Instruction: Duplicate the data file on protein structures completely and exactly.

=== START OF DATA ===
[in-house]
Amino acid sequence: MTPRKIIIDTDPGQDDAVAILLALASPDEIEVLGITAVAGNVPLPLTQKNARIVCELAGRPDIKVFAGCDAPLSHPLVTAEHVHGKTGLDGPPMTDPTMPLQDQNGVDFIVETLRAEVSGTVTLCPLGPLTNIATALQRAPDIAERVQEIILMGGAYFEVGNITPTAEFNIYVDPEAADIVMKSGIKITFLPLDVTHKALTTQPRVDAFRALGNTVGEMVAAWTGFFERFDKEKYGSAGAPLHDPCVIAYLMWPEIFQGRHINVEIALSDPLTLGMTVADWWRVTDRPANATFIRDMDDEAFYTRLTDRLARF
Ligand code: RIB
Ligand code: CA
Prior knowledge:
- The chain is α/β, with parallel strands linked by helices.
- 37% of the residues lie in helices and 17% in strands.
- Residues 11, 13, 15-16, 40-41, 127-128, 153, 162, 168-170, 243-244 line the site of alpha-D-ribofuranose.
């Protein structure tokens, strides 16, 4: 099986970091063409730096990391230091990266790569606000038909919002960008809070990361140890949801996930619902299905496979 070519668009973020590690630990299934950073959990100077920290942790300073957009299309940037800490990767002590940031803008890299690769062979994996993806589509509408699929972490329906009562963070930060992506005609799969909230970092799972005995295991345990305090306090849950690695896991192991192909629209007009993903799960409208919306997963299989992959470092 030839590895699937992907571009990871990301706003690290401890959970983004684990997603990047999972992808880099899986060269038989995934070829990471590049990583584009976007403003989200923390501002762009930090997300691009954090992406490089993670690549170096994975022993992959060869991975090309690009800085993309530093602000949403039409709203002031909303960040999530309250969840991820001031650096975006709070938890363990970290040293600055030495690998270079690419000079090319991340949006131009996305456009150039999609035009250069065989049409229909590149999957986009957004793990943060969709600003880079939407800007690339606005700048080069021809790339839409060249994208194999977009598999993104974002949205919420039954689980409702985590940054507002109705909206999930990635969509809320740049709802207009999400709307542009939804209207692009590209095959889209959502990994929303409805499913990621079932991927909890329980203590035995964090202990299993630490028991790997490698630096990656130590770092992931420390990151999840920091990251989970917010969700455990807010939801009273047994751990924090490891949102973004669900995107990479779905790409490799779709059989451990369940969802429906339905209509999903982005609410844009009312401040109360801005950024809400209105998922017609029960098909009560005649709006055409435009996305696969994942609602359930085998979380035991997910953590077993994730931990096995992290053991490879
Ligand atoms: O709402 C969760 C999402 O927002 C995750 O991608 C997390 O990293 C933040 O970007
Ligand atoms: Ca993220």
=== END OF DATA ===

[in-house]
Amino acid sequence: MTPRKIIIDTDPGQDDAVAILLALASPDEIEVLGITAVAGNVPLPLTQKNARIVCELAGRPDIKVFAGCDAPLSHPLVTAEHVHGKTGLDGPPMTDPTMPLQDQNGVDFIVETLRAEVSGTVTLCPLGPLTNIATALQRAPDIAERVQEIILMGGAYFEVGNITPTAEFNIYVDPEAADIVMKSGIKITFLPLDVTHKALTTQPRVDAFRALGNTVGEMVAAWTGFFERFDKEKYGSAGAPLHDPCVIAYLMWPEIFQGRHINVEIALSDPLTLGMTVADWWRVTDRPANATFIRDMDDEAFYTRLTDRLARF
Ligand code: RIB
Ligand code: CA
Prior knowledge:
- The chain is α/β, with parallel strands linked by helices.
- 37% of the residues lie in helices and 17% in strands.
- Residues 11, 13, 15-16, 40-41, 127-128, 153, 162, 168-170, 243-244 line the site of alpha-D-ribofuranose.
């Protein structure tokens, strides 16, 4: 099986970091063409730096990391230091990266790569606000038909919002960008809070990361140890949801996930619902299905496979 070519668009973020590690630990299934950073959990100077920290942790300073957009299309940037800490990767002590940031803008890299690769062979994996993806589509509408699929972490329906009562963070930060992506005609799969909230970092799972005995295991345990305090306090849950690695896991192991192909629209007009993903799960409208919306997963299989992959470092 030839590895699937992907571009990871990301706003690290401890959970983004684990997603990047999972992808880099899986060269038989995934070829990471590049990583584009976007403003989200923390501002762009930090997300691009954090992406490089993670690549170096994975022993992959060869991975090309690009800085993309530093602000949403039409709203002031909303960040999530309250969840991820001031650096975006709070938890363990970290040293600055030495690998270079690419000079090319991340949006131009996305456009150039999609035009250069065989049409229909590149999957986009957004793990943060969709600003880079939407800007690339606005700048080069021809790339839409060249994208194999977009598999993104974002949205919420039954689980409702985590940054507002109705909206999930990635969509809320740049709802207009999400709307542009939804209207692009590209095959889209959502990994929303409805499913990621079932991927909890329980203590035995964090202990299993630490028991790997490698630096990656130590770092992931420390990151999840920091990251989970917010969700455990807010939801009273047994751990924090490891949102973004669900995107990479779905790409490799779709059989451990369940969802429906339905209509999903982005609410844009009312401040109360801005950024809400209105998922017609029960098909009560005649709006055409435009996305696969994942609602359930085998979380035991997910953590077993994730931990096995992290053991490879
Ligand atoms: O709402 C969760 C999402 O927002 C995750 O991608 C997390 O990293 C933040 O970007
Ligand atoms: Ca993220």